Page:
Written by Bill Fletcher Jr.
A few months ago I was struck by the hypocrisy of the attacks on the TSA screeners for doing their jobs at our airports. The TSA screeners are the people who check our identification and belongings at the airport, as part of an effort to ensure air safety. For this reason, I was astounded when I started hearing complaints being raised about alleged intrusive searches and about how some people did not want to be searched at all.
Let’s leave aside that much of the drama associated with these attacks on TSA screeners was politically motivated by conservatives who want to hit the Obama administration and want screening privatized. What was striking was that these critics are probably the same people who, were there another terrorist attack, would be screaming about the lack of security and about how the Obama administration is not doing its job. The bottom line is that if there is going to be air safety, there will need to be screening. I would rather have screening than blow up in the air, thank you very much.
These screeners are subject to daily insults and stresses for just doing their jobs. Yes, some of them may not be warm and fuzzy, but I have found them to be quite professional. Yet, they are expected to tolerate our frustrations, anger and impatience as if they were mechanical devices rather than workers doing an essential job in a world that is constantly filled with real and imagined fears of terrorist assaults.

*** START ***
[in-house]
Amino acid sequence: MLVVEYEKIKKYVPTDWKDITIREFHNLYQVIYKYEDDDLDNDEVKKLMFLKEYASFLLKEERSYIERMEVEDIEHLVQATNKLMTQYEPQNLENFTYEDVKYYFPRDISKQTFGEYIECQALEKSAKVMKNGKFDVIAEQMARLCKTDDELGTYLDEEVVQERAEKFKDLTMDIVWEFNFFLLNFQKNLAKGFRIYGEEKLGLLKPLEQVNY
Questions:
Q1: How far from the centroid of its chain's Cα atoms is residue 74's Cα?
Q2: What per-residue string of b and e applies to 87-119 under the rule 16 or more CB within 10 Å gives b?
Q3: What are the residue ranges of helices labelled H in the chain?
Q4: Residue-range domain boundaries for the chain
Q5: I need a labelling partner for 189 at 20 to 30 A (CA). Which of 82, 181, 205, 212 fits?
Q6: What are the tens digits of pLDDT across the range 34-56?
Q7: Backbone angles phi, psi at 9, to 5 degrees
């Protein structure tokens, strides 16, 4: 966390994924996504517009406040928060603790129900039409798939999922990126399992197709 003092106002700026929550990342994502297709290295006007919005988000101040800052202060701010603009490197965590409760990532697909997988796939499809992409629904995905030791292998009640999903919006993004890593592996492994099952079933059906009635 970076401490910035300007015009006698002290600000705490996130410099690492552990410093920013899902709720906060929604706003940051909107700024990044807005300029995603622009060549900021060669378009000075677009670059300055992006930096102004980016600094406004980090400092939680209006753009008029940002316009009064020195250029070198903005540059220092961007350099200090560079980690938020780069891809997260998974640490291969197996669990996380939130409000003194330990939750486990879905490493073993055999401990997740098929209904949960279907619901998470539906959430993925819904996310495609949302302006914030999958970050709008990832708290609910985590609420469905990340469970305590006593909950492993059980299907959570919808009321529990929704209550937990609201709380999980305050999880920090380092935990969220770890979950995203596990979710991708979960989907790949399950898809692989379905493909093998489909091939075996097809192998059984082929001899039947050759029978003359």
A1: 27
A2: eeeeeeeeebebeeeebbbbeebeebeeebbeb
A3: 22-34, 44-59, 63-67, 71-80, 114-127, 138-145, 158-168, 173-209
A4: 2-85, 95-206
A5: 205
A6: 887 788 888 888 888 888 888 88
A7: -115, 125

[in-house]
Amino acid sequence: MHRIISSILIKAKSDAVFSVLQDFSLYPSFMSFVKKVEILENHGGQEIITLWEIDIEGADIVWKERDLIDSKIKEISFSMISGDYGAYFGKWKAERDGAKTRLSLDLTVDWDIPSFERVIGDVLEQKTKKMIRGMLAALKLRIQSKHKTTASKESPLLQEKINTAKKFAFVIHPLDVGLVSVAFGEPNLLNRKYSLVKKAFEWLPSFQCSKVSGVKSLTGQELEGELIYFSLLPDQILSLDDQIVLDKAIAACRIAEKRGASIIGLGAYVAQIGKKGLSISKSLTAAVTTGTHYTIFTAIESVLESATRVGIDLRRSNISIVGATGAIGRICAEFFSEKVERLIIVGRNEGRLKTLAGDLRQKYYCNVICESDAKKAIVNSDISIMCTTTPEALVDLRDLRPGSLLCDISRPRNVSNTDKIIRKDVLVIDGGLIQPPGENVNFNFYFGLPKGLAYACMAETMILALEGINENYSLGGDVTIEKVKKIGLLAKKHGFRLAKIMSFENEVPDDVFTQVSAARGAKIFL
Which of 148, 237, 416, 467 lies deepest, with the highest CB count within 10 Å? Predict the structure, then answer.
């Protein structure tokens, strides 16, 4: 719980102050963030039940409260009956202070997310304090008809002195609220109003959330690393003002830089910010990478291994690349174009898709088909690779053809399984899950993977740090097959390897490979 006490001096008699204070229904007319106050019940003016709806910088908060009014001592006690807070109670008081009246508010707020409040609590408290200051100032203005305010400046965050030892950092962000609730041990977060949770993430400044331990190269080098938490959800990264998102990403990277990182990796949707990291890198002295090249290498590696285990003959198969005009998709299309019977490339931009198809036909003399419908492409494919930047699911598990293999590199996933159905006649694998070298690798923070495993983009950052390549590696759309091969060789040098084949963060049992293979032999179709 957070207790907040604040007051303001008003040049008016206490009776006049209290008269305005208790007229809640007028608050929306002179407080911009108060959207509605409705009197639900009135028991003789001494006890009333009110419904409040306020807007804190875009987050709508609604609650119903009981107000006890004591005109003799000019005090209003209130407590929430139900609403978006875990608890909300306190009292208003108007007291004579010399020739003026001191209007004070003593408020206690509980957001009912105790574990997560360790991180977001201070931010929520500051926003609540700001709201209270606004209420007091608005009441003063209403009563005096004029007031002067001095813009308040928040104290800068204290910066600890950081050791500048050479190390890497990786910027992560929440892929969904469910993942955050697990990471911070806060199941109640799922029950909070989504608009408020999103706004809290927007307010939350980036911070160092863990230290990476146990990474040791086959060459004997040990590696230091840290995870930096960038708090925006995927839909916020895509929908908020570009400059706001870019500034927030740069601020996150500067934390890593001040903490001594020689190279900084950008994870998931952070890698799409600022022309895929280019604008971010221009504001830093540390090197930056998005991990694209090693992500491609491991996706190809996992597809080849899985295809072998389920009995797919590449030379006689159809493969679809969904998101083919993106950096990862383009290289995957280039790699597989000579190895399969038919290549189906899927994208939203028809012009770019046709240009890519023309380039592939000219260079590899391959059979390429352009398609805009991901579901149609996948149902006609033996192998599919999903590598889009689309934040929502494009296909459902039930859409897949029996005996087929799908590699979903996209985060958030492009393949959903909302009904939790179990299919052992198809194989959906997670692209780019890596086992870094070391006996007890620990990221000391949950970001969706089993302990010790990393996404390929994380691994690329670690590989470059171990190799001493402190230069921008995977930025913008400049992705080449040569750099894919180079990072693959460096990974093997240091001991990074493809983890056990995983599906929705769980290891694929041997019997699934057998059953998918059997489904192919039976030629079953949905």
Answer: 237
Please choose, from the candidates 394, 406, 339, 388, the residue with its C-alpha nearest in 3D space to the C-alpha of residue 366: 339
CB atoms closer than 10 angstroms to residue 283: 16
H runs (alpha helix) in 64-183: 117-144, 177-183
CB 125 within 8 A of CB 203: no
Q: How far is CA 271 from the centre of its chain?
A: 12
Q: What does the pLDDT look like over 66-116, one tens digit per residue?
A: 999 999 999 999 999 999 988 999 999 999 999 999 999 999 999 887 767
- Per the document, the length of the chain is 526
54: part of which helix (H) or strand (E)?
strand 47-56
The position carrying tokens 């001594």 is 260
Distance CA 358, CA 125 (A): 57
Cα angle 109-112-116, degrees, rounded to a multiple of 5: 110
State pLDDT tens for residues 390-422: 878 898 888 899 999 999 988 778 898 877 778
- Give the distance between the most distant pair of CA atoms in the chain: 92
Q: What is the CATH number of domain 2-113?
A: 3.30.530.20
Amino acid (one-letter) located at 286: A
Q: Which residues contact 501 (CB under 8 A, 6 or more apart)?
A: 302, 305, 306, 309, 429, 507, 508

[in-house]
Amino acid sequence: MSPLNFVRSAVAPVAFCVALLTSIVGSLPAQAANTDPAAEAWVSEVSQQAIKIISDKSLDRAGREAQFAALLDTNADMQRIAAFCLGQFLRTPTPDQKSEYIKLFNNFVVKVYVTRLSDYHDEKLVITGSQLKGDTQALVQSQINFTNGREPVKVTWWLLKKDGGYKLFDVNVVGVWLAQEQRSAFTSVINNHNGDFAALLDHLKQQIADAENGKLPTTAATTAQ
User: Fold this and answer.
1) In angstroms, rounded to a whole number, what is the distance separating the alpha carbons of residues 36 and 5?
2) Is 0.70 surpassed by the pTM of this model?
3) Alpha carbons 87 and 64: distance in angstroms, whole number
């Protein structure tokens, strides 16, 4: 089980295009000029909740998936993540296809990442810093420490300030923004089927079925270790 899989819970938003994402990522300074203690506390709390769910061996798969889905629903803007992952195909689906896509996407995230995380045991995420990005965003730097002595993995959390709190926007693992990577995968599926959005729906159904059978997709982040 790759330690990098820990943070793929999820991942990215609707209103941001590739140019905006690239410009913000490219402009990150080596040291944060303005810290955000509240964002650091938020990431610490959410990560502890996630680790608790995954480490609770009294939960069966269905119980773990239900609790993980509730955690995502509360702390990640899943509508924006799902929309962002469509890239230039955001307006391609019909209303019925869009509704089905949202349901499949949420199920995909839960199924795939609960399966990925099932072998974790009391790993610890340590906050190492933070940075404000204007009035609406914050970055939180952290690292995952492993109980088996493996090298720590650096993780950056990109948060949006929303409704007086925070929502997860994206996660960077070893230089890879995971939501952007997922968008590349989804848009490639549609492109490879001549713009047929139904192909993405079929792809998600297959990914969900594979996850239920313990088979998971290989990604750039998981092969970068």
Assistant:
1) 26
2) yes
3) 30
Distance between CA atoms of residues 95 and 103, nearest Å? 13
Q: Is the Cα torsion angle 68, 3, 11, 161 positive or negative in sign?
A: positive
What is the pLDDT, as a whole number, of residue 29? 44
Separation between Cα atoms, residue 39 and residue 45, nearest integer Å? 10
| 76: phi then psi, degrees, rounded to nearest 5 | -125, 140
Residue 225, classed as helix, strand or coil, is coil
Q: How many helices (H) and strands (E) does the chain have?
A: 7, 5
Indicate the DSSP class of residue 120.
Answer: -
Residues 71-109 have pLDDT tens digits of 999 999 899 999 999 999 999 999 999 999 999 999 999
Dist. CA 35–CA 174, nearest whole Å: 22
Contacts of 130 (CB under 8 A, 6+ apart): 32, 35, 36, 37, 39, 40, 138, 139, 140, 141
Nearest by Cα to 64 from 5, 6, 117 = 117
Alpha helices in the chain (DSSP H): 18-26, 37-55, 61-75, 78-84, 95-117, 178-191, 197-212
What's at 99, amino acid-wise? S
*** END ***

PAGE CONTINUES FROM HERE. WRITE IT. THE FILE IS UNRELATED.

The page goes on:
Since shortly after 11 September 2001 and the creation of the Transportation Security Administration, the officers who conduct the screenings have been attempting to organize a union. The American Federation of Government Employees (AFGE) stepped forward, despite the fact that the then Bush administration wanted to eliminate the right to unionize and collectively bargain. Many screeners, nevertheless, joined AFGE and began recruiting their colleagues.
Beginning this month (March) the screeners will finally get the chance to formally decide on whether to have a union represent them before the Transportation Security Administration. A critical aspect of this representation will be to negotiate a contract—a collective bargaining agreement—that will provide the basis for the screeners to receive the respect and rights that they deserve. But, the vote for unionization will also offer them an expansion on the voice that many of them have already gained by joining AFGE. That voice is critical not only in responding to the sorts of politically motivated, opportunistic attacks that they received a few months ago, but also so that their input can be offered when it comes to how to best secure the passengers. While the TSA management, like most employers, feels that they have little to learn from the workers who carry out the daily grind (and it is the case that bargaining over security matters is prohibited), it is generally the person doing the work that knows what is or is not both efficient and effective. Through a union the TSA officers will have the collective voice of thousands in order to make their case to management and the broader public.
At a moment when the Republicans and their corporate allies are attacking the right of workers to join or form a union, the TSA officers have a chance to set a different course and stand up for themselves. Let’s support them in exercising this right! — (NNPA)
Bill Fletcher, Jr. is the director of field services & education for the American Federation of Government Employees. He is also the immediate past president of TransAfrica Forum and co-author of “Solidarity Divided.” He can be reached at firstname.lastname@example.org